by Staff Writers
Manila (AFP) July 31, 2011
The death toll from tropical storm Nock-ten rose to 52 in the Philippines even as another approaching storm left two more people missing, the civil defence office said Sunday.
Tropical storm Mufia was on Sunday still about 990 kilometres (614 miles) east of the country, but it has influenced the local weather, causing heavy rains and a tornado, said civil defence deputy officer Florentino Sison.
As Mufia approached, a fishing boat with eight men on board capsized due to strong rain just north of Manila last week, leaving two men missing and feared dead, said Sison of the National Disaster Risk Reduction and Management Council.
Another person was injured by a freak tornado in the same area on Friday, also due to Mufia's influence, he added.
"It (Mufia) did not have a direct effect but it has affected the local weather situation, causing a tornado, flooding and heavy rains, leading to the mishap with the fishermen," Sison told AFP.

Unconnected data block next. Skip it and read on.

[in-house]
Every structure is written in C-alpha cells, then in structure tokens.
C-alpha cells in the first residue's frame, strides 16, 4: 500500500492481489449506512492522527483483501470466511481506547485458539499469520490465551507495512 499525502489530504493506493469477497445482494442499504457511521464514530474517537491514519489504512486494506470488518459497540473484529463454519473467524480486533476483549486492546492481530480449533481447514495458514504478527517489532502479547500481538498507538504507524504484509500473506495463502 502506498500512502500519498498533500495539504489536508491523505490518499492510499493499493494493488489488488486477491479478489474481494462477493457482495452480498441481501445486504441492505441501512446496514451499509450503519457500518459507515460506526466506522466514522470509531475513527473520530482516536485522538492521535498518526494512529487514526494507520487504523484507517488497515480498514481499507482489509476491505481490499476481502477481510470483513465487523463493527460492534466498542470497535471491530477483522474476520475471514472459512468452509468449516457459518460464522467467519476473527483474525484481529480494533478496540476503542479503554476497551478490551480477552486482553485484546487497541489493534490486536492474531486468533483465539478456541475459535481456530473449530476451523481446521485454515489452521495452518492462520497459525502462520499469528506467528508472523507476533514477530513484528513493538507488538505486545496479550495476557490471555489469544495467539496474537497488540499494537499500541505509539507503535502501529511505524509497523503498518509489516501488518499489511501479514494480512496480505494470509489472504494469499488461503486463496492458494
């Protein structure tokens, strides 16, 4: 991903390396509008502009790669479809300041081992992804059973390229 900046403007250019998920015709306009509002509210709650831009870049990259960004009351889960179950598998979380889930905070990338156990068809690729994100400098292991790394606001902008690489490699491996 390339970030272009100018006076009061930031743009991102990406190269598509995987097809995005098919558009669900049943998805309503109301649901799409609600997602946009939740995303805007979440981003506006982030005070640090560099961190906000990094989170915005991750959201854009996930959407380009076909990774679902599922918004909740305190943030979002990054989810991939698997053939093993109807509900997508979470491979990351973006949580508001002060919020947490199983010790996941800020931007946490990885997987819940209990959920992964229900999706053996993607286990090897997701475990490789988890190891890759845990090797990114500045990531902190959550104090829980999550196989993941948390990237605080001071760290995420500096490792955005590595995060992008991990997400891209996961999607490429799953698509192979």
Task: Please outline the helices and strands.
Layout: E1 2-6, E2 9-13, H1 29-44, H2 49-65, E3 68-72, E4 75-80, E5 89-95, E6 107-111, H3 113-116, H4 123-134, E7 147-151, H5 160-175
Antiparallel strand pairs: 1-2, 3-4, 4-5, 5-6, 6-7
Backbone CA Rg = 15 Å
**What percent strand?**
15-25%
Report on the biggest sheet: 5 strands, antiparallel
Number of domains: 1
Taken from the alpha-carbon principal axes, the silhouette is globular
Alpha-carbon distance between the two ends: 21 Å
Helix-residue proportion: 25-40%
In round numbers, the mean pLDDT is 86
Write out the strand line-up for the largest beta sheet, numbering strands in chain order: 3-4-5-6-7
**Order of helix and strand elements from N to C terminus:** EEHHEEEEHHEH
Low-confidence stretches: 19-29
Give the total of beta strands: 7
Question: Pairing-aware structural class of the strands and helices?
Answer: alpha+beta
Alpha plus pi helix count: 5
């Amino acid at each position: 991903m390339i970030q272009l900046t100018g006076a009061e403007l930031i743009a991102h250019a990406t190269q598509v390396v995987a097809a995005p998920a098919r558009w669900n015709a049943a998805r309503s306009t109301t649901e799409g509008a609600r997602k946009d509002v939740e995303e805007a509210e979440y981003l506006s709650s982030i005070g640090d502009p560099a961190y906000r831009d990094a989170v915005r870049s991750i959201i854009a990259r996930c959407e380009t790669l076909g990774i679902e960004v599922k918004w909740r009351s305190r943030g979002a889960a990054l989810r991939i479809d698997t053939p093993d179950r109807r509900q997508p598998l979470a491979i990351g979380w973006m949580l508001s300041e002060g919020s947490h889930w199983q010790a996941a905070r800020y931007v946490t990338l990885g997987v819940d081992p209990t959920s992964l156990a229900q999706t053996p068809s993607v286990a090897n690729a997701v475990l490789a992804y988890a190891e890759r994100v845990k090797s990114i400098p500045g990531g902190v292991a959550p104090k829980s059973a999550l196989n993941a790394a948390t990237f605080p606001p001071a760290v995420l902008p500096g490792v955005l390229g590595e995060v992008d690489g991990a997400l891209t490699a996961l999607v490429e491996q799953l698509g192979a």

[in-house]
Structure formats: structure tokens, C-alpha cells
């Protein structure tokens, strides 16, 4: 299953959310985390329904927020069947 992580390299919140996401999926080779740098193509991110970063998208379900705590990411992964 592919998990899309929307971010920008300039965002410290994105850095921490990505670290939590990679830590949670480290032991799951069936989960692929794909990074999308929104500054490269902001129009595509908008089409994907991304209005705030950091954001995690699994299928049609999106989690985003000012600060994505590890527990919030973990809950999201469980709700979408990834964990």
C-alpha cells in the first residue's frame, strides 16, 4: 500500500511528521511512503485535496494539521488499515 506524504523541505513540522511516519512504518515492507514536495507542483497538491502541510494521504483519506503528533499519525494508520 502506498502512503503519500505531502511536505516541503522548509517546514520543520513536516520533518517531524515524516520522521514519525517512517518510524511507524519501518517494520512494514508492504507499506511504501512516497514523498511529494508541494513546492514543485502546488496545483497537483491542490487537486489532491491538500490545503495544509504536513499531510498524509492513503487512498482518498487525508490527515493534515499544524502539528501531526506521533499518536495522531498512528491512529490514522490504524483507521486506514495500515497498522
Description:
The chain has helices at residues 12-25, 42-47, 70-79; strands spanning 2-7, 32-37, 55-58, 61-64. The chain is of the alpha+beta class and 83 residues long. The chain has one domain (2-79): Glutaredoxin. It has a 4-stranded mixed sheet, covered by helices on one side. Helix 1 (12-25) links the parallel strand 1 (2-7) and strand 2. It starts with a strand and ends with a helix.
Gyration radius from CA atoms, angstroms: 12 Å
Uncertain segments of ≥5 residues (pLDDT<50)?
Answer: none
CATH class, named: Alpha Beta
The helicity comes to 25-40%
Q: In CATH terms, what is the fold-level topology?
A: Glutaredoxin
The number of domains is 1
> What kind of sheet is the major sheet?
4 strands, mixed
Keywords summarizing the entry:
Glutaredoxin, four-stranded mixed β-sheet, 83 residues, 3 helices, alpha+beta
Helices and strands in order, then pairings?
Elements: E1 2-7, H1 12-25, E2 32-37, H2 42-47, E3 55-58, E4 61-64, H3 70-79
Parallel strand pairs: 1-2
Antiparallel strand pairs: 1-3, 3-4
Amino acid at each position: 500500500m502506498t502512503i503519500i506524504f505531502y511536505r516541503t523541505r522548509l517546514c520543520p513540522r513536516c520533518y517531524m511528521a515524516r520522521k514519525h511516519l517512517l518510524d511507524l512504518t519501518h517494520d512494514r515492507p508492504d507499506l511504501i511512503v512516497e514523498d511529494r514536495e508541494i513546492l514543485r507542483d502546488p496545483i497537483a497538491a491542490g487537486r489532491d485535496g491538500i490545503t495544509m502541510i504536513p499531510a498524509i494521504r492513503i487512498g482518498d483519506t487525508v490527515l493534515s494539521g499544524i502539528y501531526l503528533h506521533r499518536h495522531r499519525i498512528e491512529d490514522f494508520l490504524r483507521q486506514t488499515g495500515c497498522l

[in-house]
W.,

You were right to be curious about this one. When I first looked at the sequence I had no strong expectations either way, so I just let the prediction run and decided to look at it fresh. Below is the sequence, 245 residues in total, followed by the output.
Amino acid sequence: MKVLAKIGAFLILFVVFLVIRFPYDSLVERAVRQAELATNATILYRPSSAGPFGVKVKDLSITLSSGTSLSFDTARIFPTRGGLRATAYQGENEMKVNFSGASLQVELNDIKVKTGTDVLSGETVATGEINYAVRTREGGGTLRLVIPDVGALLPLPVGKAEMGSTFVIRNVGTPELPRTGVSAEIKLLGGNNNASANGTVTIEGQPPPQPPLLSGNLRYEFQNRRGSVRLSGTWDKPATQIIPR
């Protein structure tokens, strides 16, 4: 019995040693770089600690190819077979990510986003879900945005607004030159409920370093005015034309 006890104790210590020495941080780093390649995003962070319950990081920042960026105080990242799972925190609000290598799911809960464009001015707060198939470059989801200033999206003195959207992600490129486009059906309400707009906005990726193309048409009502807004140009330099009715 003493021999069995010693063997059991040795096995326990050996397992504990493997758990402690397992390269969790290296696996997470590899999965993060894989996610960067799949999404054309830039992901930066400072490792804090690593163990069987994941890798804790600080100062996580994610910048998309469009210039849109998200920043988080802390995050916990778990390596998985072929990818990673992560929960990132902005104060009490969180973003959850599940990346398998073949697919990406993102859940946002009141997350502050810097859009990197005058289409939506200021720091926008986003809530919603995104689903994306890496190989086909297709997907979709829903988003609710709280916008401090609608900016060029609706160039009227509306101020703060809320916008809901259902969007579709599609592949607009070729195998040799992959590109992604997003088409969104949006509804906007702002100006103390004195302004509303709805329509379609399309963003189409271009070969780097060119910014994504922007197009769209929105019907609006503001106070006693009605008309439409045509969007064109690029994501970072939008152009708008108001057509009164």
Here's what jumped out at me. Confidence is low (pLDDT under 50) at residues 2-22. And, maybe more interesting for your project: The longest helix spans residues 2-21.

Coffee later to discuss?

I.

Mufia, named after a Chinese flower, is moving northward and is not expected to hit land, he added.
Meanwhile, the death toll from Nock-ten's rampage through the country in the previous week rose to 52 dead and 27 missing as more reports came in from storm-hit provinces in the archipelago.
Most of those killed were drowned or buried in landslides, while virtually all of the missing were fishermen who vanished at sea when the storm hit from Tuesday to Thursday, the council said.
Nock-ten, named after a Laotian bird, blew out into the South China Sea on Thursday, but over 121,000 people are still housed in government evacuation centres due to flooding left by the storm, the council added.
An average of 20 storms and typhoons, many of them deadly, hit the Philippines annually. Nock-ten was the 10th this year.
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Japan urges 180,000 to evacuate flood area
Tokyo (AFP) July 30, 2011
Japan Friday issued evacuation advisories for more than 180,000 people in central Niigata region and tsunami-hit Fukushima, as heavy rains triggered floods which left five missing, reports said. Sanjo City in Niigata, some 200 kilometres (125 miles) north of Tokyo, advised all 104,000 residents to go to flood evacuation centres, Jiji Press news agency said. Rain had topped half a metre ( ... read more
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